Lead…Like a Girl is a program for young women who want to equip themselves with tools to increase productivity in personal, educational, and professional opportunities.
Mission Statement: to enrich, empower, and prepare girls 16 years and up through increased knowledge of essential skills, while filling the gap of fundamental life skills lacking between adolescents and adulthood.
This course has enabled open enrollment. Students can self-enroll in the course once you share this URL: https://canvas.instructure.com/enroll/FT777PEnroll here
Alternatively, they can sign up at https://canvas.instructure.com/register and use the following join code: FT777P
"I work in the film industry, have written books and trained thousands of people to use industry software. After a big presentation, a crowd gathered around me for questions. A salesman stepped in front of me and shouted, “If you have questions talk to me; she’s just the demo girl.” He didn’t know me, he was hunting for customers. His words were crushing, and made my expertise seem like a memorized performance. I thought of my daughter and how I would want her to handle this. I kept my cool and said, “Feel free to talk to (him) if you are buying gear. I can answer your software questions, and when I finish the training book, I’ll get you a pdf copy.” Needless to say, this “demo girl” gave away hundreds of books (which our company does anyway) and the salesman was left with a handful of people and no respect."
– Mary, Author, Software Developer and former CREATE iMovie & GarageBand instructor
"Online classes are challenging enough without a teacher making sexist remarks to the whole class. My English teacher gave us a big in-class assignment. He extended the time to finish until the end of the last period of the day. I have Cheer during last period, and we work the entire class learning the routines. I asked him if we could have until 4:30 instead of 3:30. He scoffed at me to the whole class and suggested that Cheer was not considered as challenging of a sport compared to baseball (he’s the coach). He didn’t think we needed that much time for cheer, refused to give us more time, and suggested we skip cheer to do his assignment. On behalf of the other cheerleaders in his class, I let my coach know. She let us go early to do his assignment, but contacted him to let him know what he did was wrong. He wrote all of the cheerleaders an apology, called us athletes and offered to help us balance our time. The worst part is that he has a daughter. What is he teaching her?"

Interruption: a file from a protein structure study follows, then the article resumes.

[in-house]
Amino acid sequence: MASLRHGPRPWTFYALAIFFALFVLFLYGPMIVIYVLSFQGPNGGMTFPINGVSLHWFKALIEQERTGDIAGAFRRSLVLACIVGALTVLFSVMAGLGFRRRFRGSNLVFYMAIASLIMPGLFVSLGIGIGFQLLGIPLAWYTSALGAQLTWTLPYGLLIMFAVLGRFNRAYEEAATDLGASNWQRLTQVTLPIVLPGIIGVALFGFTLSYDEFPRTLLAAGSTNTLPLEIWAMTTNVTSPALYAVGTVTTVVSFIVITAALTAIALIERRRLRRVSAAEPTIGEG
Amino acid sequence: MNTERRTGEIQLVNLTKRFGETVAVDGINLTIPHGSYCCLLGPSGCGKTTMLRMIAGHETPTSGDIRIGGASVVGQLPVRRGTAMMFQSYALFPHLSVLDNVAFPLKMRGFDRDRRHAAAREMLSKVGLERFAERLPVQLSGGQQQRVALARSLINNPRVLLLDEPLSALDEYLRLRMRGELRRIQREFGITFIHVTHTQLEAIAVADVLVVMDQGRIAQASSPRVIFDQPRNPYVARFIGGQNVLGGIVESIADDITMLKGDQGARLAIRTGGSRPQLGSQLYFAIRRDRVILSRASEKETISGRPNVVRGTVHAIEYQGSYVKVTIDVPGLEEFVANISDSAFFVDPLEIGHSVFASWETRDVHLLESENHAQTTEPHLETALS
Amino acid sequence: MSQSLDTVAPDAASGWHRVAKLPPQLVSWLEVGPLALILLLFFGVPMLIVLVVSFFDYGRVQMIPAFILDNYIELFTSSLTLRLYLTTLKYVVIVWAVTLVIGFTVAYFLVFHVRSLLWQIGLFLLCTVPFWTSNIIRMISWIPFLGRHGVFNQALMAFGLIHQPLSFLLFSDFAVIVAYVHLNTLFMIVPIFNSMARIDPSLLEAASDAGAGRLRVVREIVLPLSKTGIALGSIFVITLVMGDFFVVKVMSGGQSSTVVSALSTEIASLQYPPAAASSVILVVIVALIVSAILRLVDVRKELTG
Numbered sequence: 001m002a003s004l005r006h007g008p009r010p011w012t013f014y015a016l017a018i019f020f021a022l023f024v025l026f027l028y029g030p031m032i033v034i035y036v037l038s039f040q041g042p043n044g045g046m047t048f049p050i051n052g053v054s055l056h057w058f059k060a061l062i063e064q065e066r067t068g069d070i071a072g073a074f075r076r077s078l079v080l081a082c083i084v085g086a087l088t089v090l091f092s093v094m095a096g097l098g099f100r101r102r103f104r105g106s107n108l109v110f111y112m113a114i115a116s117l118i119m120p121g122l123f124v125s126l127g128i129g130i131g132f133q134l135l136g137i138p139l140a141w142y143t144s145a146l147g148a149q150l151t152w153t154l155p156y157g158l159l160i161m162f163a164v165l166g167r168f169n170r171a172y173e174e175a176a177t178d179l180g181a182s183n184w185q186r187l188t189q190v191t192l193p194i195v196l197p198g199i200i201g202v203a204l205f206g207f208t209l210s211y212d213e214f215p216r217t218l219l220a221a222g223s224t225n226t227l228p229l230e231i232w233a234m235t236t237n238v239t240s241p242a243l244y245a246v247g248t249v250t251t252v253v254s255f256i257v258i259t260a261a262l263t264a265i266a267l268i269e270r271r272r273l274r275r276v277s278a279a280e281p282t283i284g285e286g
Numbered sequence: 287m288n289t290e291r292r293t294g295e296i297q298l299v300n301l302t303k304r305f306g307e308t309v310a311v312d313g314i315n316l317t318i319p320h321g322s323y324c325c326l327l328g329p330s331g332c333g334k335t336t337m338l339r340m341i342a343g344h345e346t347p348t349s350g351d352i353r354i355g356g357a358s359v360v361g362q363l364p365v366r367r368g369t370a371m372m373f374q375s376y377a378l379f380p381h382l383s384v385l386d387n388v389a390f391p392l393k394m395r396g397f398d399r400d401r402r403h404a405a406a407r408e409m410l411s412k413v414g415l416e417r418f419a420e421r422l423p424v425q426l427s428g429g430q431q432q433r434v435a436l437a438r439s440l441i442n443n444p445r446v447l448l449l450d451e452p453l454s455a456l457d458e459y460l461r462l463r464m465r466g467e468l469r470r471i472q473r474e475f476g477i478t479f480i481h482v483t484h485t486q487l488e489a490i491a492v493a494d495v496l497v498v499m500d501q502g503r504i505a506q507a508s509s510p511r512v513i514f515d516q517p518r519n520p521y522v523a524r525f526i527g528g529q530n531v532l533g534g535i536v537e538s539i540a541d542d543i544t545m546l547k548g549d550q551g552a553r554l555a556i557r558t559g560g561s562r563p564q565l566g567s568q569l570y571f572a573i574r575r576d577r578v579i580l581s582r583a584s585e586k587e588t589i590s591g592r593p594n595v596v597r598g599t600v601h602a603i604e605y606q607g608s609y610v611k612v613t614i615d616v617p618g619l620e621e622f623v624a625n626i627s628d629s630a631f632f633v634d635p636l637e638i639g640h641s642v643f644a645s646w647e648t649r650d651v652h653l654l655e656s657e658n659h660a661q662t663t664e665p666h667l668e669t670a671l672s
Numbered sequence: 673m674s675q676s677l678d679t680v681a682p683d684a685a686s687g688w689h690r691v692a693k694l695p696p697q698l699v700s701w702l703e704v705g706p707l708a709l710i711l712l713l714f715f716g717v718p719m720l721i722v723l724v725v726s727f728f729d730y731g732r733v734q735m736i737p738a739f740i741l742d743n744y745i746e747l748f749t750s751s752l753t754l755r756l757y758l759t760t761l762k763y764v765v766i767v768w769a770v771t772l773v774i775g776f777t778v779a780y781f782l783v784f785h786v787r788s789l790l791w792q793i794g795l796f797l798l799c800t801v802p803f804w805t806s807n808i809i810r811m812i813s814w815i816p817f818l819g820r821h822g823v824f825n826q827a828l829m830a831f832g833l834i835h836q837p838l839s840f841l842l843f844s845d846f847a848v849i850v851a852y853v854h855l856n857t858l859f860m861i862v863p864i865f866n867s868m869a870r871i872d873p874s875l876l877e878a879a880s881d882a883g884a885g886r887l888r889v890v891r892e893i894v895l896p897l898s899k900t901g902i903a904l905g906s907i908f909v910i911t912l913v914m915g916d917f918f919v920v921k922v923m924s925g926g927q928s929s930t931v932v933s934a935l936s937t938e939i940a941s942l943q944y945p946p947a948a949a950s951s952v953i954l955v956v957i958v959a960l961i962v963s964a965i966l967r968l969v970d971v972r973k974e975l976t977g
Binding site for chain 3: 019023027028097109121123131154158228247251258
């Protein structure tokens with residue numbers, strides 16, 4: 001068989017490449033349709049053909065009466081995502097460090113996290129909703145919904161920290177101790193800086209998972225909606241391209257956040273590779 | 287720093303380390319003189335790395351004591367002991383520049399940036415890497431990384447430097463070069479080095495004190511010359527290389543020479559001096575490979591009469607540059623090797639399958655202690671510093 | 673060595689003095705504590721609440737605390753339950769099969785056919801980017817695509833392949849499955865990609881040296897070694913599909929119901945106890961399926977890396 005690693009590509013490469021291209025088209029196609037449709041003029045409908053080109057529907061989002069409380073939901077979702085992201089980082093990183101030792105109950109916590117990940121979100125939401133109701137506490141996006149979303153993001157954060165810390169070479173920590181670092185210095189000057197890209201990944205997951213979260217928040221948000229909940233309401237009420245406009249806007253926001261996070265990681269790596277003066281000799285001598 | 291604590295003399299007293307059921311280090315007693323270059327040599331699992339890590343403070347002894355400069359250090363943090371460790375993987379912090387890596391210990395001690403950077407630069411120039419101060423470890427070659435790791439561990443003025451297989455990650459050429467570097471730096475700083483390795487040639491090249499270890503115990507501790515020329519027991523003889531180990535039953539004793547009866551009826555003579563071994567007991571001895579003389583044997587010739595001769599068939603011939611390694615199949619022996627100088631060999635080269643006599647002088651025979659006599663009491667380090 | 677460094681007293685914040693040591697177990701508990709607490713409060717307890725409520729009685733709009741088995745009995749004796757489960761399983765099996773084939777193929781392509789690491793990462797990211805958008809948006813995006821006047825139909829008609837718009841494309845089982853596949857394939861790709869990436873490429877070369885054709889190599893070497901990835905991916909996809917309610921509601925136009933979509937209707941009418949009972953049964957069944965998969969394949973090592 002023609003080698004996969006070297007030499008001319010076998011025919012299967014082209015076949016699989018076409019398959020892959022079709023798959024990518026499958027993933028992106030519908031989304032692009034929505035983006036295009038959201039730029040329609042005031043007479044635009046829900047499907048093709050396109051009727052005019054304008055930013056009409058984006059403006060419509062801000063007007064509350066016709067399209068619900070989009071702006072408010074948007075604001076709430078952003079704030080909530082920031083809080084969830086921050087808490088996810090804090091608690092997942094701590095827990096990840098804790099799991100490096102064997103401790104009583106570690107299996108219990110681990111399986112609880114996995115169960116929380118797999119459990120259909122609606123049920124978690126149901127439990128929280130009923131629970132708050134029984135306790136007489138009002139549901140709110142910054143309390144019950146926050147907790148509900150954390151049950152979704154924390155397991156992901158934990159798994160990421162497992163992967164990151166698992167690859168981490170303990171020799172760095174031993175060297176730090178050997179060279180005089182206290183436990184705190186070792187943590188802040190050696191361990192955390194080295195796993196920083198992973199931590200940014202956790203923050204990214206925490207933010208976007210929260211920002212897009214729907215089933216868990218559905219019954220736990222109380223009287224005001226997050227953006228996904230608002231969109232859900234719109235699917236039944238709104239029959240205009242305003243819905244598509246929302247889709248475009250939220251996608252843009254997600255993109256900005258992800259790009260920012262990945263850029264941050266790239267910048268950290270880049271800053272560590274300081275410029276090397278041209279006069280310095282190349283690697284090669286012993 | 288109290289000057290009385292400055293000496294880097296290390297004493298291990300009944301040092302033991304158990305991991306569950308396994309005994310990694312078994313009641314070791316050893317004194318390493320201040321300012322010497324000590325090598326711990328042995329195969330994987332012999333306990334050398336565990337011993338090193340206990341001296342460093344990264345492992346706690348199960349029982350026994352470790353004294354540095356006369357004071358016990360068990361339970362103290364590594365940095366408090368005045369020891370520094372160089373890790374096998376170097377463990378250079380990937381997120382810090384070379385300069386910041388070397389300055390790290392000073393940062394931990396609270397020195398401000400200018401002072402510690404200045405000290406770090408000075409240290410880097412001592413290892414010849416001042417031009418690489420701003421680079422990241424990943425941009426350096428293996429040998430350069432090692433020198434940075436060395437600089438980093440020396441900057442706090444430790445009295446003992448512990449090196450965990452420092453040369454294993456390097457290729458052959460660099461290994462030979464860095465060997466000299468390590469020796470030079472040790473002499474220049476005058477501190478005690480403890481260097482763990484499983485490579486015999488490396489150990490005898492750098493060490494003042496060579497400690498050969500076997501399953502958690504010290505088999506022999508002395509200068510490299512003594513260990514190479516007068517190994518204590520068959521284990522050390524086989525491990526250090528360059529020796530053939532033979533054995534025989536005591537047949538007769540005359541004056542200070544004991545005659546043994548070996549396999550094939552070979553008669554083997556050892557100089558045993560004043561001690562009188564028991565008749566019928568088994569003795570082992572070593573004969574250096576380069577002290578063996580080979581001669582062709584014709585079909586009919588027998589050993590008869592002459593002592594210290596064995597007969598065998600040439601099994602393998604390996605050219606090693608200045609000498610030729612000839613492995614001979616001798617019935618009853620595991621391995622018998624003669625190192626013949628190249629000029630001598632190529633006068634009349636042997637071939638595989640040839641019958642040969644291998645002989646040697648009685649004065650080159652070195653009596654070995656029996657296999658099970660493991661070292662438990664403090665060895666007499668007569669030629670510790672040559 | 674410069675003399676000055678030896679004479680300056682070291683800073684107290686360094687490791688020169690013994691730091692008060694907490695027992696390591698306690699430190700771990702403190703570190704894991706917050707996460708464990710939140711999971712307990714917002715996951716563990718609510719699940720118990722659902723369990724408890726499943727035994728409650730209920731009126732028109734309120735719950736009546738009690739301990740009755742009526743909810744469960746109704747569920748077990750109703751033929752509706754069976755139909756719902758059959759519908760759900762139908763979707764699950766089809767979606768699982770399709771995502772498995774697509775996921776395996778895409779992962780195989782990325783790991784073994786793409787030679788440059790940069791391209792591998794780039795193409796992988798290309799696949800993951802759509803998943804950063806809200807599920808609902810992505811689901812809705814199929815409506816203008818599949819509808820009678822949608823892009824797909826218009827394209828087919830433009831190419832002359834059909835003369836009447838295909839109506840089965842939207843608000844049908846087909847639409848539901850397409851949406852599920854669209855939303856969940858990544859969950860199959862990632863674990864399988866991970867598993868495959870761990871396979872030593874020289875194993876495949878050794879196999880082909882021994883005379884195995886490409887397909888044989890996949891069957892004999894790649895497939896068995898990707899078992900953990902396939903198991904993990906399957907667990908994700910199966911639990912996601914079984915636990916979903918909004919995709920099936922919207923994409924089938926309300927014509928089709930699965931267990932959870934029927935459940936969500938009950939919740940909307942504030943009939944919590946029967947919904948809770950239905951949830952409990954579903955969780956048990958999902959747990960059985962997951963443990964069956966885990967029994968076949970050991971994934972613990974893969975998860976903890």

– Katie, Former CREATE Entertainment student
"My older sister and I knew little other than dysfunction and disruption as children. She succumbed to it early on. Four years older than I, she was on the front page of the local paper at age twelve for drunk and disorderly conduct. At age eight, I promised myself I would follow a better path.
School was always my safe space. I hungered to learn more, so I read voraciously — fiction, sociology, psychology, encyclopedias and dictionaries. Each day I would learn and use a new word in an attempt to impress my mother. My geekiness made me unpopular among fellow students until college, when I became a sought-after tutor.
Four decades later, it’s fair to say my geekiness has paid off. I share my love of learning by writing kids' books for Scholastic Book Fairs as C.J. McDonald, my childhood name. Seeing kids get excited about learning is an awesome reward for years of hard work."
– Cheri, Journalist, Instructor & Author for Scholastic Books
“This was an interesting video (Girl Up) that was challenging to lead in a different way than ever before. I’ve been to a lot of leadership conferences where mostly men spoke, so it was a nice change of pace to see so many women in leadership roles encouraging the next generation.”
– Kaleigh, Leadership Course student
“I’m thankful that you included a piece about it being okay to not know where you want to be in life or what kind of leader you want to be. I think starting out (especially as an older teenager) it’s overwhelming to feel like you need to have your entire life written out when in reality you’ll learn and grow along the way.”
– Kaleigh, Leadership Course student